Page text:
Old radio clock upgraded to NTP

I own the radio clock on the title picture. I’ve used it for some time but it annoyed me because it drifted a lot (several seconds a day). It’s synchronized to power network frequency but it doesn’t work well in my case and I hate to adjust the clock over and over again. So I decided to sync it automatically using esp8266.First I opened it up to see what’s inside.

The heart of the clock is SC8560 and it’s implemented very similarly as the reference circuit in the datasheet. My first idea was to disconnect a clock signal (derived from network) and increase minute and hour counter by cron on esp each minute. But when I disconnected the clock signal, the display went off because the input clock also drives display driver.

Then I wanted to create my own 50Hz clock source but it needs to be about 9V peak-to-peak which would require more external components so I decided not to.

My last idea was to keep the original clock source but to reset the device daily so the inaccuracy is only few seconds in worst case. When you unpower the device the time resets to 0:00 but starts blinking annoyingly and stops only after you set the time so I needed to hook up to 2 circuits: power and hour setting. I also needed to get some power for the esp8266 so I started with this.

The SC8560 is powered by half-wave rectified 9V AC (one diode and capacitor) so I connected my NodeMCU Amica board to the same rail (the board has onboard 3.3V LDO regulator so it can be powered by 9V) but it didn’t work. When I measured the power waveform half of the time it was zero due to high power consumption by esp so I decided to add my own full-wave rectifier and capacitor behind AC transformer. This worked very well so I moved to controlling the main chip. This solution also implies using optocouplers to controll the main circuit.

So I started to poke with the main chip power circuit to find out how to reset it. There are many wire connections on the upper side of the main board so I tried disconecting one which leads to Vss. Current through this connection was about 60mA which is quite high for using basic optocoupler so I also tried to measure the Vdd connection. This was much better with current only about 6mA so I cut it and soldered my optocoupler instead.

Next I also needed to set hours and this was done with other optocoupler soldered between pin 22 and Vss. On the input side of both optocouplers I soldered jump wires which were connected to Amicas output pins. esp8266 can source maximum of 12mA so I didn’t solder any limiting resistor between. The result looked like this:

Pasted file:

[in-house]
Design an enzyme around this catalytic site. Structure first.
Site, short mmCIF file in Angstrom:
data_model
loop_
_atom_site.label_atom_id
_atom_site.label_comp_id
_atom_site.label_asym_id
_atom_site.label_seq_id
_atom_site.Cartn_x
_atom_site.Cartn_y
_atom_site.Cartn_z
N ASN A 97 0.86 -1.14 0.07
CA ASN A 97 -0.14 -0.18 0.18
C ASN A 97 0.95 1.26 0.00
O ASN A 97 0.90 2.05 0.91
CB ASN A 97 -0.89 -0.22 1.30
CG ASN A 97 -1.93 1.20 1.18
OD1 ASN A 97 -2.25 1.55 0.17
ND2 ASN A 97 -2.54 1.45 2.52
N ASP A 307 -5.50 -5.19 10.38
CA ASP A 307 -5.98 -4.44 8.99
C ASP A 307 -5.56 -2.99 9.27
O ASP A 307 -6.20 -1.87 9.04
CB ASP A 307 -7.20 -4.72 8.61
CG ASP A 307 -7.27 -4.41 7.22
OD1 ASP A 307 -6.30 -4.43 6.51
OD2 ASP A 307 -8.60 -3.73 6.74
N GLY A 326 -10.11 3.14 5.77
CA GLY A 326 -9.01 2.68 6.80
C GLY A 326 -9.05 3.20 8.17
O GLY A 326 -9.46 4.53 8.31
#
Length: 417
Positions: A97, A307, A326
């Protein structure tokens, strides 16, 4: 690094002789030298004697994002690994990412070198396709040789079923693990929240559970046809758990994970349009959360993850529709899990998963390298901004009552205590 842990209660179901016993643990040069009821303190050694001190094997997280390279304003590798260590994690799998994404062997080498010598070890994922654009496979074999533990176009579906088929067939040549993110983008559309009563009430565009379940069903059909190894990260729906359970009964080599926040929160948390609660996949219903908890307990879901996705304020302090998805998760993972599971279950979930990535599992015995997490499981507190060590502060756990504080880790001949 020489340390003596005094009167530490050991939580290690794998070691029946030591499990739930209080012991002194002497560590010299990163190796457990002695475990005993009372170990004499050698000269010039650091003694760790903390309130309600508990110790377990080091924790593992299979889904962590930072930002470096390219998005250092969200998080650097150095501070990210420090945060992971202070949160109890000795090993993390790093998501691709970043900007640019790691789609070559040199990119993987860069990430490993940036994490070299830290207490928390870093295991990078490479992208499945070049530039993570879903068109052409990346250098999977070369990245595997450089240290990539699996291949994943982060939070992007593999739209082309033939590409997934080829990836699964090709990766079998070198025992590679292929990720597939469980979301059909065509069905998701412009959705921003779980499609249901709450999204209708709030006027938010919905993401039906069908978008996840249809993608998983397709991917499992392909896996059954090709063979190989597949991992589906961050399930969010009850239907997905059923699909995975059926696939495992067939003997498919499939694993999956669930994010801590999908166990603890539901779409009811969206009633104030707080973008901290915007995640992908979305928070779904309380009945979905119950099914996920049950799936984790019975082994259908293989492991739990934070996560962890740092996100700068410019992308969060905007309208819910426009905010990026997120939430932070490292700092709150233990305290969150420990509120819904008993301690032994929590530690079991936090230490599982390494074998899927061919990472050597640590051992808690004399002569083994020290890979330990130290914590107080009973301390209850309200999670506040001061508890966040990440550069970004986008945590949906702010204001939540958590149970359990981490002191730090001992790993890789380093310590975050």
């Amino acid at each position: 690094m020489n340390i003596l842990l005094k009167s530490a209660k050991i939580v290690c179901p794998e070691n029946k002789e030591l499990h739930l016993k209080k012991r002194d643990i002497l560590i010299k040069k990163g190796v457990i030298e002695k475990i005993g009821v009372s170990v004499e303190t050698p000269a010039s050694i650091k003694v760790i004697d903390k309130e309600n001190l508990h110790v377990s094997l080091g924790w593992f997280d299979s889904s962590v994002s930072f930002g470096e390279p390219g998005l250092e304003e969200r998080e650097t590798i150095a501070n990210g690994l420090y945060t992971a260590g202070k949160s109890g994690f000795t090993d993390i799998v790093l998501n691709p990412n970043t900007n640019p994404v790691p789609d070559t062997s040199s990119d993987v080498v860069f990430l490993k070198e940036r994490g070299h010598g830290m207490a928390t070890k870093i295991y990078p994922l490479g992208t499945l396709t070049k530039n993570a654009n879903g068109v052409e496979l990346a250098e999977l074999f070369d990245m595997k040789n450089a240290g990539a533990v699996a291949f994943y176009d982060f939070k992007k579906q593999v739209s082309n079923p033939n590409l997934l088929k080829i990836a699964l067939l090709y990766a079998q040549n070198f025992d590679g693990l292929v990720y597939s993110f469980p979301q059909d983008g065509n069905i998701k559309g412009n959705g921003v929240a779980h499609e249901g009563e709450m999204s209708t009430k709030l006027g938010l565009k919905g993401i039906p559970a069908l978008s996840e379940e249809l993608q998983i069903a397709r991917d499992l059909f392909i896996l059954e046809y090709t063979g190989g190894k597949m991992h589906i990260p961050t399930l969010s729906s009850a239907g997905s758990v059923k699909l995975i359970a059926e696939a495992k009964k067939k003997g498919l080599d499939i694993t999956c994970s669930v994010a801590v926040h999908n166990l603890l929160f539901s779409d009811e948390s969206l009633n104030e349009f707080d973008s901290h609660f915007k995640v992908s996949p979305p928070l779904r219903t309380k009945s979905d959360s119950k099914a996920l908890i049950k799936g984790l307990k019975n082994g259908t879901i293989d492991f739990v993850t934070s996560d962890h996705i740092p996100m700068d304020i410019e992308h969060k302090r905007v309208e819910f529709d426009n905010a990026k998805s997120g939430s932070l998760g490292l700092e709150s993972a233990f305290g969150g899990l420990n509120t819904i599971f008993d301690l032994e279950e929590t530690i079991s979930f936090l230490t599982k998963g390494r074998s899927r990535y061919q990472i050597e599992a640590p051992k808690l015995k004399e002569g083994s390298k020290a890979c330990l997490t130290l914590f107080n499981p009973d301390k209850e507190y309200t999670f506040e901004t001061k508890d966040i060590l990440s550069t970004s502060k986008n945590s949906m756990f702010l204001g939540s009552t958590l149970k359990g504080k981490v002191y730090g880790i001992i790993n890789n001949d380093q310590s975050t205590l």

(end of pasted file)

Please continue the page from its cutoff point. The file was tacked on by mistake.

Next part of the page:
It’s not prettiest but it does the job. I also needed to remove the speaker to make the module fit into the case but I don’t regret it – I wasn’t using it either. The rest was only to write the program main.lua:

gpio.mode(1, gpio.OUTPUT)
gpio.mode(2, gpio.OUTPUT)
gpio.write(1, gpio.HIGH)
gpio.write(2, gpio.LOW)

synced=0
timeset=0
inchours=0
timezone=1 -- range 1 - 25

huptmr = tmr.create()

-- need to start clock first
rtctime.set(0, 1)

sntp.sync(nil,
 function(sec, usec, server, info)
 synced=1
 print('sync', sec, usec, server)
 end,
 function()
 print('failed!')
 end,
 1
)

function hup()
 gpio.write(2, gpio.HIGH)
 tmr.delay(100000)
 gpio.write(2, gpio.LOW)
end

function hups(hours)
 inchours = hours
 huptmr:register(1000, tmr.ALARM_AUTO, function()
 if inchours < 1 then
 huptmr.unregister()
 return
 end
 inchours = inchours - 1
 hup()
 end )
 huptmr:start() 
end


function reset(hours)
 gpio.write(1, gpio.LOW)
 rstt = tmr.create()
 rstt:register(700, tmr.ALARM_SINGLE, function() 
 gpio.write(1, gpio.HIGH) 
 hups(hours) 
 end)
 rstt:start() 
end

cron.schedule("0 0 * * *", function(e)
 if timeset == 1 and synced == 1 then
 reset(timezone)
 end
end)

cron.schedule("0 * * * *", function(e)
 if timeset == 0 and synced == 1 then
 tm = rtctime.epoch2cal(rtctime.get())
 timeset=1
 reset(timezone+tm["hour"])
 end
end)

After powering the module it waits for full hour to reset the clock. You can see it in action here:

It also resets the clock daily at 1:00 am.

It’s showing to be a reliable solution to me. I don’t say you can get better or cheaper NTP clock elsewhere but this was a fun project to me.

 

 

Leave a Reply

Your email address will not be published. Required fields are marked *